Sirupy body and layers of stonefruit, violets and white flowers.
Mild smooth and rounded aftertaste. Ideel for espresso and drip coffee.
The Colasay Project These coffees will all come from farmers in small caserios (villages) in the Colasay District, in the Jaen province of north Peru.
This coffee is part of a sourcing program through an organisation called Origin Coffee Lab. The coffees are either micro-lots or communal producer blends from the areas in the north around Jaen and San Ignacio. The farms are normally between 1-3 hectares and are family-run. They harvest, pulp, ferment and dry the coffees at the farms. If the producers are part of a premium program, like ours, they will more likely invest in their production to create potential micro-lots.
The coffees are from a small caserios (villages) in La Coipa, Colasay, San Ignacio, and a few other places.
|Variety||100 % Arabica Caturra, Bourbon|
|Roast Master, Quality cupper & Barista||Søren Stiller Markussen.|
Coffees from Latin America is usually very easy to handle. As they are grown at altitudes from 1400-1700m. The cellular structure is more uniform and makes it easier to calibrate when dailing in your espresso shot.
At this altitude the cellular structure is uniform. And very little adjustments have to be made. The challenge often appears during the process method, whether is an anaerobe or natural coffee. And whether you want to highlight acidy or sweetness based on the process method.
A washed coffee is usually more chocolaty which i will recommend extrating at 27-29 sec.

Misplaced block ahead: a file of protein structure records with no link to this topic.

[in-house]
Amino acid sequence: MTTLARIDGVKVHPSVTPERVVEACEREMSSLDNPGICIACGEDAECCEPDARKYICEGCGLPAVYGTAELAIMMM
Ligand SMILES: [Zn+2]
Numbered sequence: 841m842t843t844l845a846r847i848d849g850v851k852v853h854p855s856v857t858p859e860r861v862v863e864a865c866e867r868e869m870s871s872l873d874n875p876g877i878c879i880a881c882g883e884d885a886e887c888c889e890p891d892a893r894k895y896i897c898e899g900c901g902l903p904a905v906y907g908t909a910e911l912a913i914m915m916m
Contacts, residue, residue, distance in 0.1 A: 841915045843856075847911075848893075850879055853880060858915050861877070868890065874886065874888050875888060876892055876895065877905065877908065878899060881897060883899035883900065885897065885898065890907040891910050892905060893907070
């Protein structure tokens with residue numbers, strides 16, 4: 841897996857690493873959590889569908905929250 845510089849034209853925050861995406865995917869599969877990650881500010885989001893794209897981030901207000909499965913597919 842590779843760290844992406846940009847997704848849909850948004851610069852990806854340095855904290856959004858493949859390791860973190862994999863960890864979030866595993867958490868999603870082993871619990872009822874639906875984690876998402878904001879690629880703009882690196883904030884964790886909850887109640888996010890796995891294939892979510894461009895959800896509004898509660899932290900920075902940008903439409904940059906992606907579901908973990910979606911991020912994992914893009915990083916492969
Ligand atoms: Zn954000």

I usually extract between 25-27 sec but it also excellent when extrating at 27-29 sec.
|Dose||21 g dobb shot|
|Target mass in weight/liguid||40 g.|
|Extraction rate||21/40= 0,52%|
The dose is calculated using a 20g VST porta filter.
Min dose is 19g/ and Max dose 21 g. pr dobb espresso.
This coffee is ideal to brew on Chemex, Hario, Stagg fellow and December dripper Brew/ratio mass depends on how you pour the water, the weight of your coffee and the length of your brew. I like to recommend that you try to use different pouring techniques. So you will find out what will suit you and the coffee you have in your hands.
Prefinfusion = Using water to wet the coffee, so the particle can absorb water, giving access to flavour and aromas. As a rule when you use less coffee, less water is used to preinfusion. "just enough to cover the coffee in the filter".
Blooming = this is where the coffee particles is expanding, as any cellular products, giving access to transform the coffee attributes in to flavours and aromas. As a genius = less coffee/shorter blooming time. More Coffee/longer blooming time = that make sense right? Ie. 33 g of coffee = 30 sec blooming time. 60 g of coffee = 50-60 sec blooming time.
Building up your coffee in the filter = you coffee brewing times length and letting you coffee steep in the filter. Coffee needs to be handled firm and homogenises.
Ie. Dont let your coffee set/sit or "dry out in the filter" when you pour the water in your coffee filter. Vise versa, you have to be careful, that you don't pour too much water, so you create a "swimming pool" on top of the coffee in the filter. The coffee should have a smooth "run through" contact time with water. You can find inspiration on brew guides